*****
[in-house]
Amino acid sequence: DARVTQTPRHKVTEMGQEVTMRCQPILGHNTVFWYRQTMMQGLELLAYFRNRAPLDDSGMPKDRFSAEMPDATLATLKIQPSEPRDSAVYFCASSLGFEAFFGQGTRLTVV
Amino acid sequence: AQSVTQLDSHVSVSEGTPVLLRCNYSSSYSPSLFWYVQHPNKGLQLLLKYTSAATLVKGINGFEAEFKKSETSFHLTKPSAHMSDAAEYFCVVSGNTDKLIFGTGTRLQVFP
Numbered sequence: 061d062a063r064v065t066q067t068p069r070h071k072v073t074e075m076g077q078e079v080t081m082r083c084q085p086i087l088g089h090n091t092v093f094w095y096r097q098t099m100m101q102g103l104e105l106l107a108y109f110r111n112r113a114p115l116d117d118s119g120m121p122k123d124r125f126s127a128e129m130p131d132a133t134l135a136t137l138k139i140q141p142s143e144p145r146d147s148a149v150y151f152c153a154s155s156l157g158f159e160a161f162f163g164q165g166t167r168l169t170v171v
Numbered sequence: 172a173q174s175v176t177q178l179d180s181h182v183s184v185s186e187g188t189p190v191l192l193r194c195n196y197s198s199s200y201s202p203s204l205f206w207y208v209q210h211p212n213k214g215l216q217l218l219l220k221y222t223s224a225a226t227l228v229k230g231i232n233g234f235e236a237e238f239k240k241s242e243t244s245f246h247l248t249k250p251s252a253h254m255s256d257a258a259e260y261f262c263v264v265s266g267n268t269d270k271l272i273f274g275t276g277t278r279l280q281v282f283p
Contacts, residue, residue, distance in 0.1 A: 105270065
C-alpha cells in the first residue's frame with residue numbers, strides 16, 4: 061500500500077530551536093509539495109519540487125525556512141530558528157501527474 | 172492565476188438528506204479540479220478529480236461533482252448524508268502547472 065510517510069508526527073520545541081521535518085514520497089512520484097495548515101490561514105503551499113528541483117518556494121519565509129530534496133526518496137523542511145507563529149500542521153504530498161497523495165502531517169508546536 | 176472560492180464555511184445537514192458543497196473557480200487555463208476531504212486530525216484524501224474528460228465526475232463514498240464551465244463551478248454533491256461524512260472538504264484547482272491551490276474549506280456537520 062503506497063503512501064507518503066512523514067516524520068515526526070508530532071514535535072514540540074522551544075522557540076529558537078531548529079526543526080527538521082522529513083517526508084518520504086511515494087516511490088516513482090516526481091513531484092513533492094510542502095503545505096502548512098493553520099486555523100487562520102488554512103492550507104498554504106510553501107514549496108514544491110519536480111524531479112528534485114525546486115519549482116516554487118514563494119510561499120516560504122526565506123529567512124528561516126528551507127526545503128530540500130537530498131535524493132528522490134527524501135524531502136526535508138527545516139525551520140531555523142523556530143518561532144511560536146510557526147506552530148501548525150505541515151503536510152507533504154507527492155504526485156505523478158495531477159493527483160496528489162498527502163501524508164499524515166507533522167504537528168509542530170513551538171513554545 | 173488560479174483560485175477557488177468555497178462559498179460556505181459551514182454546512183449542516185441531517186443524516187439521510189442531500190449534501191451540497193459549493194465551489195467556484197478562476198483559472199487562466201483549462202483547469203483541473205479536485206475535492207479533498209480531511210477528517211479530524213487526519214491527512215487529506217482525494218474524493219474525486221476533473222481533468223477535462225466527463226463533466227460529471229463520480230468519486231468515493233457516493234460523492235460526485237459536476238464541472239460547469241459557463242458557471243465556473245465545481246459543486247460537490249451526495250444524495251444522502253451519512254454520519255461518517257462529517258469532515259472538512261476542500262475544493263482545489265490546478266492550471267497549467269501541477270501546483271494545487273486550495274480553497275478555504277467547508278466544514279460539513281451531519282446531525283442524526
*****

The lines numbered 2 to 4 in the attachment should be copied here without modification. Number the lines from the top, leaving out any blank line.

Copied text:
Amino acid sequence: DARVTQTPRHKVTEMGQEVTMRCQPILGHNTVFWYRQTMMQGLELLAYFRNRAPLDDSGMPKDRFSAEMPDATLATLKIQPSEPRDSAVYFCASSLGFEAFFGQGTRLTVV
Amino acid sequence: AQSVTQLDSHVSVSEGTPVLLRCNYSSSYSPSLFWYVQHPNKGLQLLLKYTSAATLVKGINGFEAEFKKSETSFHLTKPSAHMSDAAEYFCVVSGNTDKLIFGTGTRLQVFP
Numbered sequence: 061d062a063r064v065t066q067t068p069r070h071k072v073t074e075m076g077q078e079v080t081m082r083c084q085p086i087l088g089h090n091t092v093f094w095y096r097q098t099m100m101q102g103l104e105l106l107a108y109f110r111n112r113a114p115l116d117d118s119g120m121p122k123d124r125f126s127a128e129m130p131d132a133t134l135a136t137l138k139i140q141p142s143e144p145r146d147s148a149v150y151f152c153a154s155s156l157g158f159e160a161f162f163g164q165g166t167r168l169t170v171v